Gawker just dumped 950 pages of internal documents, mostly internal audited financial statements, from 20 funds tied to Bain Capital, investment vehicles for Mitt Romney, which they claim “reveal the mind-numbing, maze-like, and deeply opaque complexity with which Romney has handled his wealth, the exotic tax-avoidance schemes available only to the preposterously wealthy that benefit him, the unlikely (for a right-wing religious Mormon) places that his money has ended up, and the deeply hypocritical distance between his own criticisms of Obama’s fiscal approach and his money managers’ embrace of those same policies.”

The documents are quite jargon-heavy, and much of the information in the document dump that’s been revealed so far consist of reiteration or extended details of information that has already been revealed about tax-dodging schemes. So I’m not totally sure that we’re going to get so much out of these Bain documents, at least not right away. They add some color to the well-known fact that Romney, like many rich people, goes to great lengths to shelter his money from taxation.

However, we did learn something pretty valuable about Mitt Romney’s tax situation today. In fact, we learned it from Romney himself.

Mitt Romney said one reason he doesn’t want to release more of his tax returns is because it would show how much money he has given to the Mormon Church.

“Our church doesn’t publish how much people have given,” Romney said in an upcoming interview with Parade magazine. The Salt Lake Tribune previously reported on the interview. “This is done entirely privately. One of the downsides of releasing one’s financial information is that this is now all public, but we had never intended our contributions to be known. It’s a very personal thing between ourselves and our commitment to our God and to our church.”

This is a pretty interesting development. Romney says that he doesn’t want to make his tithing public. There are probably two reasons for that. One, the Mormon Church has become an increasingly political organization, practically running the effort to ban marriage equality in California. The money Romney tithed to the church can pretty easily be connected to that effort, and Romney doesn’t want a form out there showing it. However, we have his 2010 and 2011 tax returns, and they show that Romney donated 10% of his income in those years to the Church (his family charity gave another 10% or so). This is just a made-up excuse, then, as we already have all the data we need to make that Romney/Mormon church political practices connection.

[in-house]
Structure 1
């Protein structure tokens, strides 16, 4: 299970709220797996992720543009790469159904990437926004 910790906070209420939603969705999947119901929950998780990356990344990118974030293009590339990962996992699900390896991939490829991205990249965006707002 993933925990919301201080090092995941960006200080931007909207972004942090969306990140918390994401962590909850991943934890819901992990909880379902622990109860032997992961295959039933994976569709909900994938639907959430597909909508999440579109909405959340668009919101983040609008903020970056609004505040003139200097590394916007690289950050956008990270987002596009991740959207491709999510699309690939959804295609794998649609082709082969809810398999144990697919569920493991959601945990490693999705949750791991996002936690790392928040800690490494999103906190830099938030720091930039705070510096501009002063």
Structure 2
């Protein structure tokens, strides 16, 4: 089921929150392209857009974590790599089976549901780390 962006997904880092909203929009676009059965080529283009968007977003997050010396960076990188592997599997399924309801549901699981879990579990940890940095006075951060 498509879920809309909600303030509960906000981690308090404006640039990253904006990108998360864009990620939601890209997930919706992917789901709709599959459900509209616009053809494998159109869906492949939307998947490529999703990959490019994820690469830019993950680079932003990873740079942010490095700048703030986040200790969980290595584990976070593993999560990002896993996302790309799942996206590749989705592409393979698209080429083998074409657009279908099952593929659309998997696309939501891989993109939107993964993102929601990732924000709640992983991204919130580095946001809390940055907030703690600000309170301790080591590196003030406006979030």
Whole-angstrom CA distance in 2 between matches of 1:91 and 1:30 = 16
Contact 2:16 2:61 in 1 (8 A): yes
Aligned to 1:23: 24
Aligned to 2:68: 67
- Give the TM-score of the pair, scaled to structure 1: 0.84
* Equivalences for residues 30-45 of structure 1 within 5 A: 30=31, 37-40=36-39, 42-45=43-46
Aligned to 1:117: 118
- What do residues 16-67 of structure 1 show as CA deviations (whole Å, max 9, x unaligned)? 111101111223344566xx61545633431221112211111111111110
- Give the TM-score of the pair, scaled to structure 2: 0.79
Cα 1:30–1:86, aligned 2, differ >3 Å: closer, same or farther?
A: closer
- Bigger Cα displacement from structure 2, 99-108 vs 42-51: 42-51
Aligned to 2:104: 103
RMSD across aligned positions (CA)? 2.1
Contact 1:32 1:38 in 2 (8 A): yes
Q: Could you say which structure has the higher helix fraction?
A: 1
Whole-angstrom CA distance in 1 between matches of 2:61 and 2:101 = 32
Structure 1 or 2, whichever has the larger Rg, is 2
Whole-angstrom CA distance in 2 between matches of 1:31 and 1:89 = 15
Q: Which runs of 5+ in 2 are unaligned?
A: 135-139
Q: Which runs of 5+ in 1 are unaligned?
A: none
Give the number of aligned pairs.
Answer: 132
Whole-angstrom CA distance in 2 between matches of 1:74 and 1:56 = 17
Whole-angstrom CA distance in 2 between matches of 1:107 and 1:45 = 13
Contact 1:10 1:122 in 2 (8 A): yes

The alternative explanation is that Romney doesn’t want other Mormons seeing how he shortchanged the church with tithing. You remember when Romney made his previous comments about taxes and charity, he said he never paid less than 13%, and with charity it would be over 20%. But the church requests 10% of income in tithing. And presumably tithing is not the only charity to which Romney donates. So among the many other theories for why Romney won’t release those back tax returns – including how he doesn’t want anyone to see the address he uses on the returns, for fear of a voter and tax fraud claim – we can add the idea that he doesn’t want to show potentially a less than 10% figure in tithing, out of personal embarrassment. There’s also the point that the Mormon Church doesn’t ask for tax receipts to corroborate that their members pay the 10%. So the church may be as shocked as everyone else at the gross income totals, showing that Romney shortchanged his church.